Monday, March 12, 2012

"Pictures with soul": the art of Cindy Sherman

The Cindy Sherman retrospective at the Museum of Modern Art is a marquis event of spring 2012 in New York. For people who can't get there, MOMA has prepared an elaborate and immensely satisfying online presentation, complete with a chronological slideshow. The retrospective hits its stride with the enigmatic and emotionally resonant series of Untitled Film Stills, which mines a seemingly endless variations of female stereotypes as they riff on B-movies and European film stills. Her friend Robert Longo is one of several artists and critics asked to choose their favorite Sherman photograph. He begins by talking about how she used to ride around in a "hippie van" and emerge as different characters. (Sherman has always done all of her own makeup and costumes, and she poses without an assistant.)


Robert Longo (Artist) on Untitled Film Still #25 (1978) by Cindy Sherman (above)
"They're not so much what you look at as what happens before and after…. She's so much more an artist than a photographer; the way she constructs her appearance is like that of a painter. She's been able to present a picture where it actually has a soul…. You can fashion the truth or tell the truth; her stuff tells the truth."

Vogue journalist Dodie Kazanjian on Untitled Film Still #48 (1979), below:

"She allows you as the viewer to fill in the blanks and complete the story…. She took photography out of the photo gallery and put it in the art gallery. It wasn't ghettoized any more. She's part Hitchcock, part Dickens, but maybe with a dollop of humor thrown in …. She teaches us that we can have identities that we can discover; that we can be who we want to be."

"The possibility [is] that she can be anything, anytime anywhere…. If you stand in front of the work, physically your body is engaged…. It's like a secret ritual behind the camera with no performance, no public."—Marina Abramović (Artist) on Untitled #90 (1981)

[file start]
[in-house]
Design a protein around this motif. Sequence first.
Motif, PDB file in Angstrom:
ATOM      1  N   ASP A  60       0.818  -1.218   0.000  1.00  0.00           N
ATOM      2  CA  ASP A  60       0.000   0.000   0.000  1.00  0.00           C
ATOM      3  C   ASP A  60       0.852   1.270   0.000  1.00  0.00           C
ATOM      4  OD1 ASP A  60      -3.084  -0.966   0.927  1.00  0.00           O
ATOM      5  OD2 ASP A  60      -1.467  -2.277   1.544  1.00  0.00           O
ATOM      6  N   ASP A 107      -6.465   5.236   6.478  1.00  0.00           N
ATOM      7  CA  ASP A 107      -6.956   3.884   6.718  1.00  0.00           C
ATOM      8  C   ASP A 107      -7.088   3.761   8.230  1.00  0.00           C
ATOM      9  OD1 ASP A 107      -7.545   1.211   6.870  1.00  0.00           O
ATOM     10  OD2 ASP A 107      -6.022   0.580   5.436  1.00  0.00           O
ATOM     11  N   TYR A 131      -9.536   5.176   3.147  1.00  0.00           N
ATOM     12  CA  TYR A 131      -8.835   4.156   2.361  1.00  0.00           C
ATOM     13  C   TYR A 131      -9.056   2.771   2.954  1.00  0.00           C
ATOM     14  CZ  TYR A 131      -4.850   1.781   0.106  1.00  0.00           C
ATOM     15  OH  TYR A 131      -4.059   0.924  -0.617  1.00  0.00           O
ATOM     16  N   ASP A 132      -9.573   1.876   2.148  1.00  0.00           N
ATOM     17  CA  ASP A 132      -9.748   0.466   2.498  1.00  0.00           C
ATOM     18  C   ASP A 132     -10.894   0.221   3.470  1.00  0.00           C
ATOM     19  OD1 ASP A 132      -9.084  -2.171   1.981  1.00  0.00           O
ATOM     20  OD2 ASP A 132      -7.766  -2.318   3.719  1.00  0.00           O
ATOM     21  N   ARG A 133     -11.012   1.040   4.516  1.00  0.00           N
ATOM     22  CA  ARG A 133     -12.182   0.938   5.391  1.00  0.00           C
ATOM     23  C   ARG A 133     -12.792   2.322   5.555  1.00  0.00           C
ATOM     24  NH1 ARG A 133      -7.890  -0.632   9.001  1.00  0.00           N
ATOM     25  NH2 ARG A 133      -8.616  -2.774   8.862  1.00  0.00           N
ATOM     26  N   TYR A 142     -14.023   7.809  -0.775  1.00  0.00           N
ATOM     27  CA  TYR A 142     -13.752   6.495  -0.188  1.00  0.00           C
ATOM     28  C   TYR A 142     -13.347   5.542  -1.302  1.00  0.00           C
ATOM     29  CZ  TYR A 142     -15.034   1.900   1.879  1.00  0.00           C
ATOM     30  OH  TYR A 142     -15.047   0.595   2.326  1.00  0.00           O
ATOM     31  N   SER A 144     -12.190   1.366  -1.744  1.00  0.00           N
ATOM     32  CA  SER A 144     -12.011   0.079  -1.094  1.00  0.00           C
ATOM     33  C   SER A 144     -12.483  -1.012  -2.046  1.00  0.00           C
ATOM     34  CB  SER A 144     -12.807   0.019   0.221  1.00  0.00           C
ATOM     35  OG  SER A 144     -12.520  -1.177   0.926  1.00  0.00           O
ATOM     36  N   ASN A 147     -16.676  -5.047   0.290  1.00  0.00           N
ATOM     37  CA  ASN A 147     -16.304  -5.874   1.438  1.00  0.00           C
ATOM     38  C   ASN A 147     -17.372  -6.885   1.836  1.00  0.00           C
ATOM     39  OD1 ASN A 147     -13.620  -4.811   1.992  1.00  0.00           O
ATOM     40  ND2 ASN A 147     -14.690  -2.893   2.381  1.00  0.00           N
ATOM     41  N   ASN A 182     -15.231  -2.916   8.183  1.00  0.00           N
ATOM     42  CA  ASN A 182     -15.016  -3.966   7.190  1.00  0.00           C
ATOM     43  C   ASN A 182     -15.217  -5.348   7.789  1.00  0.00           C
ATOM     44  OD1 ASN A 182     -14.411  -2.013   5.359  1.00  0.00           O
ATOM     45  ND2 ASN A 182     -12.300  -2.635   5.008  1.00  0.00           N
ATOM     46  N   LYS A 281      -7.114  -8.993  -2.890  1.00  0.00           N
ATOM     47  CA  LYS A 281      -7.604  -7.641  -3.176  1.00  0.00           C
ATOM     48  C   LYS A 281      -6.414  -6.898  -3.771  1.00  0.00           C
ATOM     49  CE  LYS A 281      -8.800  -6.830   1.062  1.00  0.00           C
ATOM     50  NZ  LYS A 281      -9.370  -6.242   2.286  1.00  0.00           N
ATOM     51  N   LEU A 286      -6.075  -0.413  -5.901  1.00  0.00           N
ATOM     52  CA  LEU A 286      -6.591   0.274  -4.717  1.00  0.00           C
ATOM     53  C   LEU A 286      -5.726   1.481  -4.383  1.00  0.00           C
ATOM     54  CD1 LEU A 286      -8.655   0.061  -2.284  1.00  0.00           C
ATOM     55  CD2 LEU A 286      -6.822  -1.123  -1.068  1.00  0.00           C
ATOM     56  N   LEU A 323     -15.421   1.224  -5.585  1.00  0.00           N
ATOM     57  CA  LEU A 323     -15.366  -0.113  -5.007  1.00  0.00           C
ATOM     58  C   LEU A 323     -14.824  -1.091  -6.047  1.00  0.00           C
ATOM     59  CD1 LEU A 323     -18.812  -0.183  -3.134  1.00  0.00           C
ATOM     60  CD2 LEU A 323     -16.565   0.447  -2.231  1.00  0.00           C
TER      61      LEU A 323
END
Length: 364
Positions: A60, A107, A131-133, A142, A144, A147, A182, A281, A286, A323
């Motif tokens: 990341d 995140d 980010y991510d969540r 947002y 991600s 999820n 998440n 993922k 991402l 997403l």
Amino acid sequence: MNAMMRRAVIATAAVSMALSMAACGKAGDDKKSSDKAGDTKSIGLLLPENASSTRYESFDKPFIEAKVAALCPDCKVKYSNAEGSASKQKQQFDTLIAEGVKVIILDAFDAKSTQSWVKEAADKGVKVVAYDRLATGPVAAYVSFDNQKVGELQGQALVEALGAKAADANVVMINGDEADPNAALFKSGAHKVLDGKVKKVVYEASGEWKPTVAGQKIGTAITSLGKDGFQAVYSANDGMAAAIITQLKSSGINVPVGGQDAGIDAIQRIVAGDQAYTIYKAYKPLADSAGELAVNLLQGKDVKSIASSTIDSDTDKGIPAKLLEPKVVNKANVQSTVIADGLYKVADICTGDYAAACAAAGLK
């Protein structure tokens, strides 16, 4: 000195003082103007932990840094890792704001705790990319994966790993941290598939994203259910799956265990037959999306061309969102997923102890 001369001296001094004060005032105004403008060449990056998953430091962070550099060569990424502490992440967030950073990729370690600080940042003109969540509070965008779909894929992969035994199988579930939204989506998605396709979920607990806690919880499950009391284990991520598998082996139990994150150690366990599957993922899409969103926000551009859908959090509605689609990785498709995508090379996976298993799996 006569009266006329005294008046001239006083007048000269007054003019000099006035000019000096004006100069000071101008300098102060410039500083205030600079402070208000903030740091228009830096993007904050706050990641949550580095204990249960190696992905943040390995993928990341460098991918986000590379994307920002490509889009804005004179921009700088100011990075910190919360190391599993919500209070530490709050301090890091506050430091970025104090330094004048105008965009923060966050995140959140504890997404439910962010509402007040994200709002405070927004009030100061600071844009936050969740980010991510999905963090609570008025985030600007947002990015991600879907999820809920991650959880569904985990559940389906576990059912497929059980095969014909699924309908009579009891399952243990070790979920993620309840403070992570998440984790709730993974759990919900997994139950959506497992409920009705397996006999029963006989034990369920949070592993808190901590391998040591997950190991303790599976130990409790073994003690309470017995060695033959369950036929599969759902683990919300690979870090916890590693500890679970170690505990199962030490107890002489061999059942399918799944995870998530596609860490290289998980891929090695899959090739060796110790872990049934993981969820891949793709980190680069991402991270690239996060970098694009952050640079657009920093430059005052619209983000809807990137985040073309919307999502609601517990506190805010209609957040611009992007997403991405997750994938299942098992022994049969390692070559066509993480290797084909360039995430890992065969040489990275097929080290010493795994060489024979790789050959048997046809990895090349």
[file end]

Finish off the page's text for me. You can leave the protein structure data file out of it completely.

Eva Respini, the curator of the exhibit, chose Untitled #466 (2008), left. She points to a "juxtaposition between what we first see and this other, darker narrative…. Sherman has this uncanny ability to have her finger on the pulse of what's happening in culture at the moment."
In musing on Untitled #479 (1975), below, writer Ingrid Sischy praises the DIY aspect of Sherman's work ("she's a one man band") and her versatility in switching from character to character: "People will suspend disbelief and go with her…. She's kept us amused and entertained all these years. One misses a lot when one misses Cindy's humor…. She's on many beats, and that's what keeps the work mysterious…. There's never a one-liner."

I have always been drawn to the vulnerable, expectant, seeking, aspect of Sherman's film stills, but this time around I was taken with her phenomenal sense of composition. Some choice samples of her work can be found in one of our discount titles, The Genius of Color Photography: From the Autochrome to the Digital Age.
I'll leave you with Sherman's early experimental film Doll Clothes and a few more film stills.



5 comments:

  1. Wow, I just wiki'd (haha) Cindy Sherman and what an interesting article. I bet she's glad she took the picture "Untitled #96", which fetched a cool $3.89 million!! Also, she's apparently currently attached to Mr. David Byrne of the Talking Heads (a local hero to us Baltimoreans)! Cool...

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  2. 3.89 million for a photograph by a living artist is just bonkers!!!!!!! Her pictures are pretty rad and thought provoking, but come on!!! How much would you pay for a PHOTO?

    ps. I give her props for snatching up a catch like David Byrne, he's a work of art!!!!

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  3. I guess she can go farther afield than thrift stores now for her costumes and props. Maybe one day she'll wear DB's big suit!

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  4. I saw her doll installation (my term for it) and it was quite vulnerable and revealing. She allows her soul to be raw and open for all. You almost walk through the installation with some trepidation and then outright awe. And yes, quite a find in a man. I wish them both well.

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